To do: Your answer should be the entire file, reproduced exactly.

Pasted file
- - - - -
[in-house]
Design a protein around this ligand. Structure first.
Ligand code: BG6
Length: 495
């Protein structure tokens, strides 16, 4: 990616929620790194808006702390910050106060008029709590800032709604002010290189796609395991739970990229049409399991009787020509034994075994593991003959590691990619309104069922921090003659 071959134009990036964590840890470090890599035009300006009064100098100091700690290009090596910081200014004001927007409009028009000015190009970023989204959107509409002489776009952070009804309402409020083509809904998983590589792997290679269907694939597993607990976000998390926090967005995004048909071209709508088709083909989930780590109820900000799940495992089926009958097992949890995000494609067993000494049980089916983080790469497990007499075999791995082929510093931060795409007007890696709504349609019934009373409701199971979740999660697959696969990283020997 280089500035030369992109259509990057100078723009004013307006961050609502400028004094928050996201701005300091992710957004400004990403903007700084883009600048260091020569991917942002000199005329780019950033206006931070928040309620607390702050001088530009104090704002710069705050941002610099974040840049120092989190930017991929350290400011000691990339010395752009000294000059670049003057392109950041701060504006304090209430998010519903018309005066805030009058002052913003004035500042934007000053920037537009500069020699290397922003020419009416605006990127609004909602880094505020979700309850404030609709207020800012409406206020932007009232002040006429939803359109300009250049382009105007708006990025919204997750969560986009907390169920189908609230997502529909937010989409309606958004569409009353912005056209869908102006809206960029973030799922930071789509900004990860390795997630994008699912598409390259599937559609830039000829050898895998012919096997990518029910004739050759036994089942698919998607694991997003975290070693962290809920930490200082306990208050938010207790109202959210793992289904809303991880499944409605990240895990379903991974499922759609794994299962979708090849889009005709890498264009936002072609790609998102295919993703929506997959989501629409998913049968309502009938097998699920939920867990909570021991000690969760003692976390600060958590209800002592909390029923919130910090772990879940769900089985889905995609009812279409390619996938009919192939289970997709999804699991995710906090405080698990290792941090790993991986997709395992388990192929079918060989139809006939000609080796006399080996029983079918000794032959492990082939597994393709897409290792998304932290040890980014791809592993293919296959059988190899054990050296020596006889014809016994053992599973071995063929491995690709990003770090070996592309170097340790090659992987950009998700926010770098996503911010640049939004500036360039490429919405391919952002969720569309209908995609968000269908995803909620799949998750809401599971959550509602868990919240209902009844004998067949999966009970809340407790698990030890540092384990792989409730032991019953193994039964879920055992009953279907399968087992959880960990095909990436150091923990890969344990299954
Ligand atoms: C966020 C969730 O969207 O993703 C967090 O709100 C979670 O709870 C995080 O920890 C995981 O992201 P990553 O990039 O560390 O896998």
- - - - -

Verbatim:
[in-house]
Design a protein around this ligand. Structure first.
Ligand code: BG6
Length: 495
């Protein structure tokens, strides 16, 4: 990616929620790194808006702390910050106060008029709590800032709604002010290189796609395991739970990229049409399991009787020509034994075994593991003959590691990619309104069922921090003659 071959134009990036964590840890470090890599035009300006009064100098100091700690290009090596910081200014004001927007409009028009000015190009970023989204959107509409002489776009952070009804309402409020083509809904998983590589792997290679269907694939597993607990976000998390926090967005995004048909071209709508088709083909989930780590109820900000799940495992089926009958097992949890995000494609067993000494049980089916983080790469497990007499075999791995082929510093931060795409007007890696709504349609019934009373409701199971979740999660697959696969990283020997 280089500035030369992109259509990057100078723009004013307006961050609502400028004094928050996201701005300091992710957004400004990403903007700084883009600048260091020569991917942002000199005329780019950033206006931070928040309620607390702050001088530009104090704002710069705050941002610099974040840049120092989190930017991929350290400011000691990339010395752009000294000059670049003057392109950041701060504006304090209430998010519903018309005066805030009058002052913003004035500042934007000053920037537009500069020699290397922003020419009416605006990127609004909602880094505020979700309850404030609709207020800012409406206020932007009232002040006429939803359109300009250049382009105007708006990025919204997750969560986009907390169920189908609230997502529909937010989409309606958004569409009353912005056209869908102006809206960029973030799922930071789509900004990860390795997630994008699912598409390259599937559609830039000829050898895998012919096997990518029910004739050759036994089942698919998607694991997003975290070693962290809920930490200082306990208050938010207790109202959210793992289904809303991880499944409605990240895990379903991974499922759609794994299962979708090849889009005709890498264009936002072609790609998102295919993703929506997959989501629409998913049968309502009938097998699920939920867990909570021991000690969760003692976390600060958590209800002592909390029923919130910090772990879940769900089985889905995609009812279409390619996938009919192939289970997709999804699991995710906090405080698990290792941090790993991986997709395992388990192929079918060989139809006939000609080796006399080996029983079918000794032959492990082939597994393709897409290792998304932290040890980014791809592993293919296959059988190899054990050296020596006889014809016994053992599973071995063929491995690709990003770090070996592309170097340790090659992987950009998700926010770098996503911010640049939004500036360039490429919405391919952002969720569309209908995609968000269908995803909620799949998750809401599971959550509602868990919240209902009844004998067949999966009970809340407790698990030890540092384990792989409730032991019953193994039964879920055992009953279907399968087992959880960990095909990436150091923990890969344990299954
Ligand atoms: C966020 C969730 O969207 O993703 C967090 O709100 C979670 O709870 C995080 O920890 C995981 O992201 P990553 O990039 O560390 O896998």